By Matt LaBombard
Proves Handcrafted is Simply Better
I woke up on a rainy Sunday with a pounding head. It had been a long night with what I can only express as too many rounds with José Cuervo, and dance moves that could have gotten me into some serious trouble! Sitting at my computer with piping hot coffee that had been only slightly discolored by a splash of almond milk, I looked at my to-do list and saw the exact opposite of what I wanted to see during the height of a stomach-turning hangover. In bold letters read: Sample Bradford Vodka.
Ten feet away from me sat a seemingly harmless bottle of booze waiting to be tried. Had it been any other day I’d pop that top, make myself a stiff drink, and settle in for a good buzz. Not today though. The thought of consuming any sort of alcohol sent my belly on a roller coaster of nausea. But after multiple attempts to consume a glass of orange juice and a slice of crisped toast, I decided I’d give it a go. With slight trepidation I removed the secure plastic wrap, released the cork, and poured a small sip. To my delight, a smooth, delicious, and refreshing vodka hit. In that instant I knew that Bradford Vodka would have a permanent spot in my liquor cabinet.
The story of Bradford Vodka began in 2009 when the now co-owners of Bradford Distillery, Bobby Rohla and Brad Selland, started thinking about producing locally-made alcohol. Over the next five years, the plans took form and in 2014 the vodka was born. But okay, just vodka? What’s so special about that? Well in a time when Pinterest-obsessed individuals are bending over backwards to create homemade goods, the creators of Bradford followed suit on a larger scale. From conception, their focus has been on creating a unique product, combining homegrown ingredients with handcrafted packaging.
Unlike many vodkas that are typically made from grains, the Bradford brand is potato-based. The potatoes, which are sourced from Swaz Farm in Hatfield, give the vodka its unique silky-smooth texture and clean flavor. The distillery makes approximately 750 bottles per production run and each bottle uses about 15 pound of potatoes, which go through a 4-step distillation process. The result is a high-quality drink. After distilling, the vodka is then bottled and hand-labeled using custom containers and labels.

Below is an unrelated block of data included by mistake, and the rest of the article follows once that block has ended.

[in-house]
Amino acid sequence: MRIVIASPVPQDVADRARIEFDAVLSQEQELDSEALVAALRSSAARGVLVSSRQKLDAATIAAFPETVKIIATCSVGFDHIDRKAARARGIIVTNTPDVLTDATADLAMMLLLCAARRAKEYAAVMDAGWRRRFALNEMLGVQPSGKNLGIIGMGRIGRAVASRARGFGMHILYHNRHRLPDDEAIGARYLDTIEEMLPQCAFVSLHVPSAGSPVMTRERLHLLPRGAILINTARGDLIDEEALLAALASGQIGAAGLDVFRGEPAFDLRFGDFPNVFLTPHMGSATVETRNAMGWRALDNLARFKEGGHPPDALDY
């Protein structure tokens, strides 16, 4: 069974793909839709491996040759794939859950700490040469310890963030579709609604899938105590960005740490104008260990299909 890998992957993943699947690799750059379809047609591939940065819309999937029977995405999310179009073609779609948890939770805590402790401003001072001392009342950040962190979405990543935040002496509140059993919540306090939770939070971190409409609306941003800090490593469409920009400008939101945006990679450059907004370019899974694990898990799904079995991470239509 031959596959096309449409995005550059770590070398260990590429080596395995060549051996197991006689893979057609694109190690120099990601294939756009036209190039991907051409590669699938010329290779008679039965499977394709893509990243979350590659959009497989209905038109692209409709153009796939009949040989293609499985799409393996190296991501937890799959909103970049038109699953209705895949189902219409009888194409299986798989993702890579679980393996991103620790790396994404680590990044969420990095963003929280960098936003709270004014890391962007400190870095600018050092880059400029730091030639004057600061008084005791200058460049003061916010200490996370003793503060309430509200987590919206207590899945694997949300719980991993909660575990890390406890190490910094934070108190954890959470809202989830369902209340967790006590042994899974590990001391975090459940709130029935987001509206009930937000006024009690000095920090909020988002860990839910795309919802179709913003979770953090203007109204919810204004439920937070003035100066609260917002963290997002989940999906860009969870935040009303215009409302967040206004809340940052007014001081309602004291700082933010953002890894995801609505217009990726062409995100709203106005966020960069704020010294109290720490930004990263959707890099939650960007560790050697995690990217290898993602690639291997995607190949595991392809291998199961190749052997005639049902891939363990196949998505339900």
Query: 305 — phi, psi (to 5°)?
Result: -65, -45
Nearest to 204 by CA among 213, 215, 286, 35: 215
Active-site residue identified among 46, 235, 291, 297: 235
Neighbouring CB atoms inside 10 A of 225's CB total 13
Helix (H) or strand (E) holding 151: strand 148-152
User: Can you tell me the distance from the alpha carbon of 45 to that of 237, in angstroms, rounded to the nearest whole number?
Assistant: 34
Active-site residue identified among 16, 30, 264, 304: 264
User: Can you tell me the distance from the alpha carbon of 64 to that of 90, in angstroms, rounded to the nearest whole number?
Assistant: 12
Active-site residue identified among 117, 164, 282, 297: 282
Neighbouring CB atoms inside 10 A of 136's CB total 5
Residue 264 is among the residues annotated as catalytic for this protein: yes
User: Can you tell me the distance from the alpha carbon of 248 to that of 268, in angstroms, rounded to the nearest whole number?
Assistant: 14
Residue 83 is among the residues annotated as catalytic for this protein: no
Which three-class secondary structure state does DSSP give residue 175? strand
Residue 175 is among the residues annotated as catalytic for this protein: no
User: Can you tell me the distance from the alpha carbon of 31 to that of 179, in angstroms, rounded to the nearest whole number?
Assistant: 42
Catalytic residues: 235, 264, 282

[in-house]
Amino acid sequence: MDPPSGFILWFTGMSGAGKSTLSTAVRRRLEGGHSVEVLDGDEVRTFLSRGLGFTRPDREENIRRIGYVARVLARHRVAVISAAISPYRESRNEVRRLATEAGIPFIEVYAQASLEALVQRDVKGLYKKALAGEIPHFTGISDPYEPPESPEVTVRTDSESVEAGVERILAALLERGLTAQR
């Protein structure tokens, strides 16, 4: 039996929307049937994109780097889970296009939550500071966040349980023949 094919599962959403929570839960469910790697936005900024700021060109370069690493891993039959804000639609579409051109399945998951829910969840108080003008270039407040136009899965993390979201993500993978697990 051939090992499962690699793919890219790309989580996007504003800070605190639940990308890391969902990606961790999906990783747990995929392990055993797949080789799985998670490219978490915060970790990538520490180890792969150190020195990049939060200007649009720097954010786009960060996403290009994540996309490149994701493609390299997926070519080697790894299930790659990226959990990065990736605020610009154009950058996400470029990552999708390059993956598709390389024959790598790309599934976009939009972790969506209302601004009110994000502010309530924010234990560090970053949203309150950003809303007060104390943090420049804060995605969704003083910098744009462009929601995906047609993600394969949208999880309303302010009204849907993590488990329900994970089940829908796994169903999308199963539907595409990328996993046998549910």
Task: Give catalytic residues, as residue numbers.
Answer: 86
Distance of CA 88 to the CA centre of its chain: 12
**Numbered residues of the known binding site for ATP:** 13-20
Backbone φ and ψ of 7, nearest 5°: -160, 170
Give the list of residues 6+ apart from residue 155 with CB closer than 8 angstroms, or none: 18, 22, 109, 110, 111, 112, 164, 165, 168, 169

As important as it is for the Bradford team to produce a handmade product, it is equally important that it’s done in the most sustainable way possible. After the vodka is bottled and shipped, the waste (called stillage) is then sent to Casella Organics in Rutland, and used to generate electricity. The residue waste is then sold as fertilizer to local farms. From root to stem and start to finish, the Bradford team ensures they’re operating in the most conscientious way possible.
Bradford vodka is now sold in over 80 establishments and 10 retail outlets along the South Shore. Ron Vale carries the product at the Corner Stop restaurant in Cohasset noting that “Bradford vodka is such a high quality product, you cannot have a serious beverage program without carrying it.”
The vodka is delicious when used in cocktails, or on its own. If you’re a true vodka aficionado, Rohla suggests enjoying it in a Bradford Martini, but if you’re really feeling the effects of last night’s libations and groovy dance moves, give my Roasted Bloody Mary a try. The tomato juice will sooth your soul and a little Bradford Vodka goes a long way in curing the hangover!
When Matt LaBombard isn’t planning author events and cooking demonstrations at Trident Booksellers & Cafe, he’s cooking up a feast for his family, friends, and readers of his blog, Cookery & Taste.